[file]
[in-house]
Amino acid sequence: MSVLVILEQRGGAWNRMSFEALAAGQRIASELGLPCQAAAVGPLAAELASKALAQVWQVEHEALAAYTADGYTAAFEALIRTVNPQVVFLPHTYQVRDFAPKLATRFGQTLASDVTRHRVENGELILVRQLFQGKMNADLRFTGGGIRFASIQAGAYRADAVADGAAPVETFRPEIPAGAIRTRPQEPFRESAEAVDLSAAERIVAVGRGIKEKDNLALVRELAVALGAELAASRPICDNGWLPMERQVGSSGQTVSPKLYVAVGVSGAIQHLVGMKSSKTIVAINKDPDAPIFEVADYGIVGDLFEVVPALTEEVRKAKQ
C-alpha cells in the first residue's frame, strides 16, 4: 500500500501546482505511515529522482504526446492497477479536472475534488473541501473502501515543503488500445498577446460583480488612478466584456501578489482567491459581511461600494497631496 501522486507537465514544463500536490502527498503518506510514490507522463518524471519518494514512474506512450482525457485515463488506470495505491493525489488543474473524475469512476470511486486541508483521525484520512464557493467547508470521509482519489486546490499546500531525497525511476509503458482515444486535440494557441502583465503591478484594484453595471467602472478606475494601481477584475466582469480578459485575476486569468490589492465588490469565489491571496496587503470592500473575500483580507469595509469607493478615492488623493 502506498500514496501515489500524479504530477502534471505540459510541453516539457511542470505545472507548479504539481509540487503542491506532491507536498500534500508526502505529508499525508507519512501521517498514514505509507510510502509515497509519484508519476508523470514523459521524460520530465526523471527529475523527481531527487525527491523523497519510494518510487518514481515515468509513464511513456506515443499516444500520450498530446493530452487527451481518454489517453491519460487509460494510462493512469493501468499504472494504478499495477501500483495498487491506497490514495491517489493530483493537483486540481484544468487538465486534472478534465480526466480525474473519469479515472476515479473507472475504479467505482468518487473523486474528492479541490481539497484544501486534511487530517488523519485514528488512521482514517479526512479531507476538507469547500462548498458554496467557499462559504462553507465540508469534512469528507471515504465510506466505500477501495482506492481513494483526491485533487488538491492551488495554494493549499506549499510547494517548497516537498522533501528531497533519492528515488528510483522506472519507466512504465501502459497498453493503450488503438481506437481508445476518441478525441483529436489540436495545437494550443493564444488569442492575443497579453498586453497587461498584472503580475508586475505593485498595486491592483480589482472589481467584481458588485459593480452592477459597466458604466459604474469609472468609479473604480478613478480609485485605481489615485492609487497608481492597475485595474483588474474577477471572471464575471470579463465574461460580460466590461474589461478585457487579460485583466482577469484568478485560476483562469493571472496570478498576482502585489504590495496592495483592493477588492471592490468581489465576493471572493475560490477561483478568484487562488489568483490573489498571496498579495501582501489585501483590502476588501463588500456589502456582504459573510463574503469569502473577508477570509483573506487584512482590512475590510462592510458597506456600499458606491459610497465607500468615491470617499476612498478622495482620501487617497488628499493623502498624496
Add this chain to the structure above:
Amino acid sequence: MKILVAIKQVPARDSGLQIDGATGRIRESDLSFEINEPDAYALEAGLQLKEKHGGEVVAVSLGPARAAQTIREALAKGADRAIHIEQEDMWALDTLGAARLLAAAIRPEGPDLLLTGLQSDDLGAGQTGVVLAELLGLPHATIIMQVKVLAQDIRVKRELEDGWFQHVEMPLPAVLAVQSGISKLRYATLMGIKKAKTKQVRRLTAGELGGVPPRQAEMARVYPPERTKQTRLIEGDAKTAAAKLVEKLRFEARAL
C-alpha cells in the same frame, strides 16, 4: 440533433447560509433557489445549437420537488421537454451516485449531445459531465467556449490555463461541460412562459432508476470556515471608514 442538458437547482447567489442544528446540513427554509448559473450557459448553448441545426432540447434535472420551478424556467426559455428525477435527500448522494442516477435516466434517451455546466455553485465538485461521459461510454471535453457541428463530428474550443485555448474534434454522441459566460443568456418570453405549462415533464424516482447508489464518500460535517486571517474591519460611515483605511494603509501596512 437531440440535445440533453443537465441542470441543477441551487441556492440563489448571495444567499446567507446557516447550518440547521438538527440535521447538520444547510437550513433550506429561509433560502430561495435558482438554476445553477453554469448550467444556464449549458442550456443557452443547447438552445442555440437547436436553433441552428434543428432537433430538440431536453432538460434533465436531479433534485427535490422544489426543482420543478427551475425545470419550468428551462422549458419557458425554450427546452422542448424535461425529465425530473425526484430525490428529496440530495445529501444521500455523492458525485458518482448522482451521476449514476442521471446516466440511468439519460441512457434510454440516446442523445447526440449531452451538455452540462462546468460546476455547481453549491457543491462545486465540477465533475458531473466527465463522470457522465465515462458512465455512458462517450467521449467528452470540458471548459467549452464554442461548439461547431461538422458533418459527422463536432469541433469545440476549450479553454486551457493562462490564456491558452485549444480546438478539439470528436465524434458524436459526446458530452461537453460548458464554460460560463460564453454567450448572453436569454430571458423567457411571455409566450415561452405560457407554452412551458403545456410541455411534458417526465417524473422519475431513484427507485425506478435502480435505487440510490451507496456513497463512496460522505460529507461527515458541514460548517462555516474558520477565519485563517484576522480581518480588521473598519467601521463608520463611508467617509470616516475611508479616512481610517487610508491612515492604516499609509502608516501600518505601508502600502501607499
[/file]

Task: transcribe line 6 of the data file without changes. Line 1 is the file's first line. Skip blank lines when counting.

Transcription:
C-alpha cells in the same frame, strides 16, 4: 440533433447560509433557489445549437420537488421537454451516485449531445459531465467556449490555463461541460412562459432508476470556515471608514 442538458437547482447567489442544528446540513427554509448559473450557459448553448441545426432540447434535472420551478424556467426559455428525477435527500448522494442516477435516466434517451455546466455553485465538485461521459461510454471535453457541428463530428474550443485555448474534434454522441459566460443568456418570453405549462415533464424516482447508489464518500460535517486571517474591519460611515483605511494603509501596512 437531440440535445440533453443537465441542470441543477441551487441556492440563489448571495444567499446567507446557516447550518440547521438538527440535521447538520444547510437550513433550506429561509433560502430561495435558482438554476445553477453554469448550467444556464449549458442550456443557452443547447438552445442555440437547436436553433441552428434543428432537433430538440431536453432538460434533465436531479433534485427535490422544489426543482420543478427551475425545470419550468428551462422549458419557458425554450427546452422542448424535461425529465425530473425526484430525490428529496440530495445529501444521500455523492458525485458518482448522482451521476449514476442521471446516466440511468439519460441512457434510454440516446442523445447526440449531452451538455452540462462546468460546476455547481453549491457543491462545486465540477465533475458531473466527465463522470457522465465515462458512465455512458462517450467521449467528452470540458471548459467549452464554442461548439461547431461538422458533418459527422463536432469541433469545440476549450479553454486551457493562462490564456491558452485549444480546438478539439470528436465524434458524436459526446458530452461537453460548458464554460460560463460564453454567450448572453436569454430571458423567457411571455409566450415561452405560457407554452412551458403545456410541455411534458417526465417524473422519475431513484427507485425506478435502480435505487440510490451507496456513497463512496460522505460529507461527515458541514460548517462555516474558520477565519485563517484576522480581518480588521473598519467601521463608520463611508467617509470616516475611508479616512481610517487610508491612515492604516499609509502608516501600518505601508502600502501607499